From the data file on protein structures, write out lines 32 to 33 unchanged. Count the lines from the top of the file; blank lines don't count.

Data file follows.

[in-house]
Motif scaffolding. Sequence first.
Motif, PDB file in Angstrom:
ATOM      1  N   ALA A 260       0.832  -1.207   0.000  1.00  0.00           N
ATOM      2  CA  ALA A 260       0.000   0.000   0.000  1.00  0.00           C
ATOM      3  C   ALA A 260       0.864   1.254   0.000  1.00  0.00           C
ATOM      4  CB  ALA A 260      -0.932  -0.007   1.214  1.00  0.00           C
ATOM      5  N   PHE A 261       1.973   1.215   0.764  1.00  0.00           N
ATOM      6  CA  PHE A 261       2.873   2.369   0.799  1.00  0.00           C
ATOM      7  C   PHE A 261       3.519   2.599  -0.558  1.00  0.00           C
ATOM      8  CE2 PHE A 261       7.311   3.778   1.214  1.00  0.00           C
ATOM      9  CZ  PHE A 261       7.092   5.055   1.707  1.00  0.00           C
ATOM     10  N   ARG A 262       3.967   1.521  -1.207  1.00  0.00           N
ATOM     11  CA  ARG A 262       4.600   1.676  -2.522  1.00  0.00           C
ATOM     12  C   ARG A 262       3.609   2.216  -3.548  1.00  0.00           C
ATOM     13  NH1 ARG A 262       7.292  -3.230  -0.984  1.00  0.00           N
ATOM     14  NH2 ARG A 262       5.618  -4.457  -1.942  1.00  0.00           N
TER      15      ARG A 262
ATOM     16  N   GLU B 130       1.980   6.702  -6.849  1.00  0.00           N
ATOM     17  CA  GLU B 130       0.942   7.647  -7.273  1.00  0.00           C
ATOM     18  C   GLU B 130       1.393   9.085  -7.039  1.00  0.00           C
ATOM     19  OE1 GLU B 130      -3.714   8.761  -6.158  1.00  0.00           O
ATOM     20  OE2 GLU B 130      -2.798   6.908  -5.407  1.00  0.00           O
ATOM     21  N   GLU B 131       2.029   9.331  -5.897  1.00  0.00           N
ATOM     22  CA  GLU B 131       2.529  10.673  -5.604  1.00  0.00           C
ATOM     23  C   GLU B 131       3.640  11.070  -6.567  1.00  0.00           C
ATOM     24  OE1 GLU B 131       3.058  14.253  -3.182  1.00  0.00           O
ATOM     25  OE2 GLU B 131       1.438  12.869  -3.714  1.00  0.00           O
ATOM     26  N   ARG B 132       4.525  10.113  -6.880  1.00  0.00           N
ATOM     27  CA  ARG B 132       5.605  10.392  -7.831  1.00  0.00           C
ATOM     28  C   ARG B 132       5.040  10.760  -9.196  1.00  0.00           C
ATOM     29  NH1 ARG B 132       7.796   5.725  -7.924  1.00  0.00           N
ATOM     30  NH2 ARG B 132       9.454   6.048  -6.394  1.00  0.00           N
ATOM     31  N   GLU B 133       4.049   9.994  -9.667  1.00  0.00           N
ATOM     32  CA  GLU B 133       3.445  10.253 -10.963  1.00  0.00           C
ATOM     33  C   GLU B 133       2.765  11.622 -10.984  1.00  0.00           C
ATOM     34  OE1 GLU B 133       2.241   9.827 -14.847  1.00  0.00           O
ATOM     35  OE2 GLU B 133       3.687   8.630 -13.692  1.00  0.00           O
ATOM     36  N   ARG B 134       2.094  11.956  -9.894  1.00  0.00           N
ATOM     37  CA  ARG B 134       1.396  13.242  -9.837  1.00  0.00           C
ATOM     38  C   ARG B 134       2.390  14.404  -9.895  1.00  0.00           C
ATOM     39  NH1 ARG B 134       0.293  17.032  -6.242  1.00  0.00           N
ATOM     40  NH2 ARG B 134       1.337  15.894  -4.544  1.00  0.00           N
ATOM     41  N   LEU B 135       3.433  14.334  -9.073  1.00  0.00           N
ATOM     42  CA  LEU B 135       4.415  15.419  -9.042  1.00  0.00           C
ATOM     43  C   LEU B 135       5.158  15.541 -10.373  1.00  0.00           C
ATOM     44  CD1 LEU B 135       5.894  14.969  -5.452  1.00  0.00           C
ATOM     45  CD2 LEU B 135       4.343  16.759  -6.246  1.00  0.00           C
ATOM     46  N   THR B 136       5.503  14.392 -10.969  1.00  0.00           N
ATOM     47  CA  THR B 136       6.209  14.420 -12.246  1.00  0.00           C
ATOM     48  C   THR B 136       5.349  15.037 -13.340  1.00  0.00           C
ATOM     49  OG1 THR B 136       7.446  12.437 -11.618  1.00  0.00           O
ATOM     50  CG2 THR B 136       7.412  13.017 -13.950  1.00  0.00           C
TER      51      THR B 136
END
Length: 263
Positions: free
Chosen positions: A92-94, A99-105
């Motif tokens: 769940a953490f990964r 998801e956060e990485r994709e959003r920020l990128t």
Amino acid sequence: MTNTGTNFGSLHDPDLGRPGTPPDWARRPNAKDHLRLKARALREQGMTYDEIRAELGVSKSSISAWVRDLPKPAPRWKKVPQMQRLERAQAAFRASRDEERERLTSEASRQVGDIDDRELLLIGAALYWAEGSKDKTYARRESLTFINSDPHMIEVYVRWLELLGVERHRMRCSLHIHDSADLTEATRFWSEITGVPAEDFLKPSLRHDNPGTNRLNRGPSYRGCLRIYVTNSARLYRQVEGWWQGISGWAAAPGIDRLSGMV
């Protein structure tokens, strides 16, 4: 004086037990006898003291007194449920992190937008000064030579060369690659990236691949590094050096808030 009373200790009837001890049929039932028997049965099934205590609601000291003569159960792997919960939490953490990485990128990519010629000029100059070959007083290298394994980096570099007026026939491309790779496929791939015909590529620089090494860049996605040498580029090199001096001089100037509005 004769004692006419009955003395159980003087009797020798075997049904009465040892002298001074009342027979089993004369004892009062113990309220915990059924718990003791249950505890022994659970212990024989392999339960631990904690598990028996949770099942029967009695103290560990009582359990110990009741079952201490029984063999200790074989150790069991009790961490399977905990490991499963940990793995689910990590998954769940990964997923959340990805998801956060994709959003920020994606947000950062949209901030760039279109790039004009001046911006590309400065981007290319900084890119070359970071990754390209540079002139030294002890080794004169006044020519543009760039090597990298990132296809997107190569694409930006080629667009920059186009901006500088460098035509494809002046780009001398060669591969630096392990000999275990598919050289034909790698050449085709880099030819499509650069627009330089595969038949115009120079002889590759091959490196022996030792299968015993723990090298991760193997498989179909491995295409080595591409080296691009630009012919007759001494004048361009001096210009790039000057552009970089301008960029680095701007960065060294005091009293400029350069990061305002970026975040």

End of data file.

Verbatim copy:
ATOM     29  NH1 ARG B 132       7.796   5.725  -7.924  1.00  0.00           N
ATOM     30  NH2 ARG B 132       9.454   6.048  -6.394  1.00  0.00           N